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Declaring Functions That Take No Arguments

A function declared with the single keyword void in the argument declaration list takes no arguments, as long as the keyword void is the first and only member of the argument declaration list. Arguments of type void elsewhere in the list produce errors. For example:

long GetTickCount( void );            // OK
long GetTickCount( int Reset, void ); // Error
long GetTickCount( void, int Reset ); // Error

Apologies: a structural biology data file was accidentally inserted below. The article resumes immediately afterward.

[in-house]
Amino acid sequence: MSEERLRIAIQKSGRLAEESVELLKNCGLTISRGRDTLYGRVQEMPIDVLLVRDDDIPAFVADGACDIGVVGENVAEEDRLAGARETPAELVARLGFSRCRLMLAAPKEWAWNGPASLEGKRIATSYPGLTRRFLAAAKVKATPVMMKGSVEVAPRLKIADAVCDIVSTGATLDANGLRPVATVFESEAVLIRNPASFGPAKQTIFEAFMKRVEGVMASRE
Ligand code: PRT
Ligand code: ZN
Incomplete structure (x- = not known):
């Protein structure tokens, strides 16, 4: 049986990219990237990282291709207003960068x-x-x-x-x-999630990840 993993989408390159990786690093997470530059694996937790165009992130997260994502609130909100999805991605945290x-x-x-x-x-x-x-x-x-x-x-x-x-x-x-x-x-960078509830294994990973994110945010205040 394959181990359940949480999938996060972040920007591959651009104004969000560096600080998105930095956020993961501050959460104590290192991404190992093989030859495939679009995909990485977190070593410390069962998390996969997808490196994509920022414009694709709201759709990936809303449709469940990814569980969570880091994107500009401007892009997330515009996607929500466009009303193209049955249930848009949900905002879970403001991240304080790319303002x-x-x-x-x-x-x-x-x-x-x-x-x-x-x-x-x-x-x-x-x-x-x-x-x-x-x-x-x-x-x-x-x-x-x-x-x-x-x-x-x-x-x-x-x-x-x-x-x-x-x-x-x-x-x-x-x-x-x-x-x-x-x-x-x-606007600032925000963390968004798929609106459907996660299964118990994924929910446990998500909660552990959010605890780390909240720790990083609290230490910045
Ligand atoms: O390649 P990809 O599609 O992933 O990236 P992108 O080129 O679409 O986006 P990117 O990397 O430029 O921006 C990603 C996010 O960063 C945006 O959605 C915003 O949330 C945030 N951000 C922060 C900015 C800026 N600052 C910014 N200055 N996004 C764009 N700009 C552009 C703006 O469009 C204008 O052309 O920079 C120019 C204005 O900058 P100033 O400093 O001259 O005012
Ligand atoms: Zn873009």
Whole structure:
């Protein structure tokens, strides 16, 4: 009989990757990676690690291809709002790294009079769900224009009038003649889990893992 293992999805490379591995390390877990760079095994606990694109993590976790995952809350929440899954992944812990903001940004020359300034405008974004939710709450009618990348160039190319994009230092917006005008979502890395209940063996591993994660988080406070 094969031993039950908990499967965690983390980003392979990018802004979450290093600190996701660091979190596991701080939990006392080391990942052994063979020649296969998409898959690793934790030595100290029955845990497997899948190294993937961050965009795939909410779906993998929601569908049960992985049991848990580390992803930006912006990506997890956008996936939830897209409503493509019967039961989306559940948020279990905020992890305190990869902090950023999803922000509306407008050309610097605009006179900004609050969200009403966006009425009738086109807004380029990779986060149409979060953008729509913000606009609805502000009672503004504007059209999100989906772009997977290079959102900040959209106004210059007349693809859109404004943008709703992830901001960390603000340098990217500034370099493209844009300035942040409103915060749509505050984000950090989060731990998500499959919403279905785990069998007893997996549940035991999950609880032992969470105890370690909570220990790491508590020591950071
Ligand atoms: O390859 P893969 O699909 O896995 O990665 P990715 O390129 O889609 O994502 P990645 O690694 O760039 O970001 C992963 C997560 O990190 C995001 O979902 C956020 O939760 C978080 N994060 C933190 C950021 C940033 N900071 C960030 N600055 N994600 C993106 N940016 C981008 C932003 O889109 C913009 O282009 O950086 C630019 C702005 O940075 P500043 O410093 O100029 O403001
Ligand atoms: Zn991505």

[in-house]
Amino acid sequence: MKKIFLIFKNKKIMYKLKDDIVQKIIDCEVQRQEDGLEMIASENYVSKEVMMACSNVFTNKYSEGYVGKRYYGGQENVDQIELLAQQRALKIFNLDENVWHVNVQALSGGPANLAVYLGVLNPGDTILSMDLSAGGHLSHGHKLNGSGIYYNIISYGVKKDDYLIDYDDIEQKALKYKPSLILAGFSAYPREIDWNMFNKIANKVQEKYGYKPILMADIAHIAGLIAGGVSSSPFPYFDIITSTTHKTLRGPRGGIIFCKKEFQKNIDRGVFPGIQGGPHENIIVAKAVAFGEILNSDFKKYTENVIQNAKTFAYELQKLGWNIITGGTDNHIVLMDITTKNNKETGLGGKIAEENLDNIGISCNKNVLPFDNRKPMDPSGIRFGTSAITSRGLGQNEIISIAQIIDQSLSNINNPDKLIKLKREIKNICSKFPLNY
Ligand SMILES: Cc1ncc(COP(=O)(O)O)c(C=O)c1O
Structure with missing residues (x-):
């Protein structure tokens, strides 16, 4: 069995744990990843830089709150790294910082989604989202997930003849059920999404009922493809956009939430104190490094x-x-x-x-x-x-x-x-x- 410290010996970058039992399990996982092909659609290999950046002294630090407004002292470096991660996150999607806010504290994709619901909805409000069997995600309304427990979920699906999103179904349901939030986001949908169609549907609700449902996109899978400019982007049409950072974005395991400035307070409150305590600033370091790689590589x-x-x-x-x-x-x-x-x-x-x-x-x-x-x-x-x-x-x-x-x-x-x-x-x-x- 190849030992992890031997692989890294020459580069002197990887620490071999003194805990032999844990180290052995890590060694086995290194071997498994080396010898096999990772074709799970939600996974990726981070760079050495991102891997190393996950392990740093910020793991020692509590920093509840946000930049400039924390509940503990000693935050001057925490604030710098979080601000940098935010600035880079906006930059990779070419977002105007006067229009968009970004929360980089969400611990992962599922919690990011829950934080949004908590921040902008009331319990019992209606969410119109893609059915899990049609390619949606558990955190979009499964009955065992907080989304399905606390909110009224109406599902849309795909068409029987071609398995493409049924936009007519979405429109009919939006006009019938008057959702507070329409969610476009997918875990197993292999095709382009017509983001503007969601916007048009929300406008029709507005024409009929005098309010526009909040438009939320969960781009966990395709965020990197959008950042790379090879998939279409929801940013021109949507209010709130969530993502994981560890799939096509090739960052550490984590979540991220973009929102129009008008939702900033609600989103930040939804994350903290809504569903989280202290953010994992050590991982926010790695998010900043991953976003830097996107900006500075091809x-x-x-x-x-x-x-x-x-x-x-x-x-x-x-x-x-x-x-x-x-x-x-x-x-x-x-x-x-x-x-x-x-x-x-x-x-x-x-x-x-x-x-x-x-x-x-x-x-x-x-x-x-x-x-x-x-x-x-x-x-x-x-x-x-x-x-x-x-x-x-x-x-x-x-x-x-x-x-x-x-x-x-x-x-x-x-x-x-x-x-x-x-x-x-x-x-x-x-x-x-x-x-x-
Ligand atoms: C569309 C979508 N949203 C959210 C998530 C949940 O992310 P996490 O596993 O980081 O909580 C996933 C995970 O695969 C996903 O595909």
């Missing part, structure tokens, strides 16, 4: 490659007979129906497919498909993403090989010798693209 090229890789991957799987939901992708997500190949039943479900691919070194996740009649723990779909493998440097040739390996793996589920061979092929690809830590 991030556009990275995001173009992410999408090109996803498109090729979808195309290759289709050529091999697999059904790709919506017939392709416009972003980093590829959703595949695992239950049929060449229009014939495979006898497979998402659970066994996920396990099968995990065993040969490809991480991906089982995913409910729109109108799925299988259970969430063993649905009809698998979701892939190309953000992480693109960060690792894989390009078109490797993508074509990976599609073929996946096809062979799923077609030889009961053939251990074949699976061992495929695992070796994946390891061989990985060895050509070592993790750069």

In C++, explicitly specifying that a function requires no arguments is the same as declaring a function with an empty argument declaration list. Therefore, the following two statements are identical:

long GetTickCount();
long GetTickCount( void );

Note that, while it is illegal to specify a void argument except as outlined here, types derived from type void (such as pointers to void and arrays of void) can appear anywhere the argument declaration list.

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